The other night while surfing various political sites and social media groups I came across a troubling Facebook page; “Democrats Done with Jim Matheson”. For those of you unfamiliar with Representative Matheson, he is a Democrat Congressman from the reddest of states, Utah. Matheson has been a political chameleon as of late, voting with the Republicans on several issues including the shutdown and the countless repeals of the Affordable Care Act. He represents Utah’s 4th district which overwhelmingly voted for Governor Romney over President Obama in 2012 by double digit margins. He also won a razor close election edging out his Republican rival Mia Love by .3%. Ms. Love has already announced she will run again, and this time Matheson does not have the help of a presidential election.
This Facebook group’s premise explains the reason for rejection, “This page is for Utah Democrats that are sick and tired of Jim Matheson. We see him for the real man he is. A DC politician only worried about reelection.” I completely agree — Matheson is worried about re-election, and as a vocal Democrat, I am too. However, I am more worried about losing the seat than any floor vote Matheson casts. In fact I ENCOURAGE Matheson to vote with the Republicans every single vote where a majority is established (and with the Hastert Rule, that is every vote). For those of you balking at such a position let me explain further.
Irrelevance is being a minority party in the House of Representatives. A minority party cannot decide the floor agenda, appoint committee chairs, direct debates, or initiate votes. In setting up our government, the Framers designed the representative body of the House to work in a democratic setting. Unfortunately, what they did not take into consideration is the rampant gerrymandering that has undermined the intent and balance of the Constitution. In 2012 there were 1.5 million more votes for House Democrats yet today there are 33 more Republican Representatives. In order to return appropriate balance Democrats will need to flip those seats, many of which are anchored in steadfast red districts, to return the balance of power back to the majority.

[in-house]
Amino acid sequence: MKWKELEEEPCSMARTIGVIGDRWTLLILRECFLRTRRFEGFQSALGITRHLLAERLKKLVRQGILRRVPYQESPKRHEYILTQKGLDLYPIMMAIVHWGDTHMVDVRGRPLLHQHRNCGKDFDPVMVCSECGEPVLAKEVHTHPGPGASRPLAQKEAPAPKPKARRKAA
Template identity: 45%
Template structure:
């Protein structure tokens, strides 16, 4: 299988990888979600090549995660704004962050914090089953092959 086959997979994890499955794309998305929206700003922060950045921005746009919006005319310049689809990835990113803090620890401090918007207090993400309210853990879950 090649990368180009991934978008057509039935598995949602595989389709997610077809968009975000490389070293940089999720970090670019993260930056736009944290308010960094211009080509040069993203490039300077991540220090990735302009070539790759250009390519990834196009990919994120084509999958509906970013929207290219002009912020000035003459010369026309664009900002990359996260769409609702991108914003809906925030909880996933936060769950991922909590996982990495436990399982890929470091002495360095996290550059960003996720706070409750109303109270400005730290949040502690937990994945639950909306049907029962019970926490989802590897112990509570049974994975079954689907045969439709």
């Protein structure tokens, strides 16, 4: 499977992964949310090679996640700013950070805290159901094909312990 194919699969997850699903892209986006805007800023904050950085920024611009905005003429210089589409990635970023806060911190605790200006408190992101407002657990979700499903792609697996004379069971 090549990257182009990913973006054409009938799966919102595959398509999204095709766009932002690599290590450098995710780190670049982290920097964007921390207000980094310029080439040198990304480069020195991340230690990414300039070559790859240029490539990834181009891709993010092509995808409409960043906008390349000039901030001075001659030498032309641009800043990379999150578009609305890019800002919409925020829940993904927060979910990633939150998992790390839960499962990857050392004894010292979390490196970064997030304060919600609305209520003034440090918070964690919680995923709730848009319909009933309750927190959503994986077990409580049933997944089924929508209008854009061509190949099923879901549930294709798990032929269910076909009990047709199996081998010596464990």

Any primary challenger that successfully defeats Matheson will cost Democrats a congressional seat. Even an unsuccessful primary challenger will force Matheson to the left, which will be leveraged against him in the general election. Even more problematic than losing Matheson’s solitary (and inconsistent) vote is the daunting challenge for Democrats to flip one more seat and regain control of the House. If by small chance Democrats do achieve majority, and Matheson continues to vote with the Republicans, Democrats would still be in a much better place.
For all my Democrat friends in red districts the same strategy applies. Vote with the furthest right leaning candidate in primaries or the candidate that polls strongest against a Republican challenger. No one candidate is above control of the House, which should be the only priority for Democrats in 2014.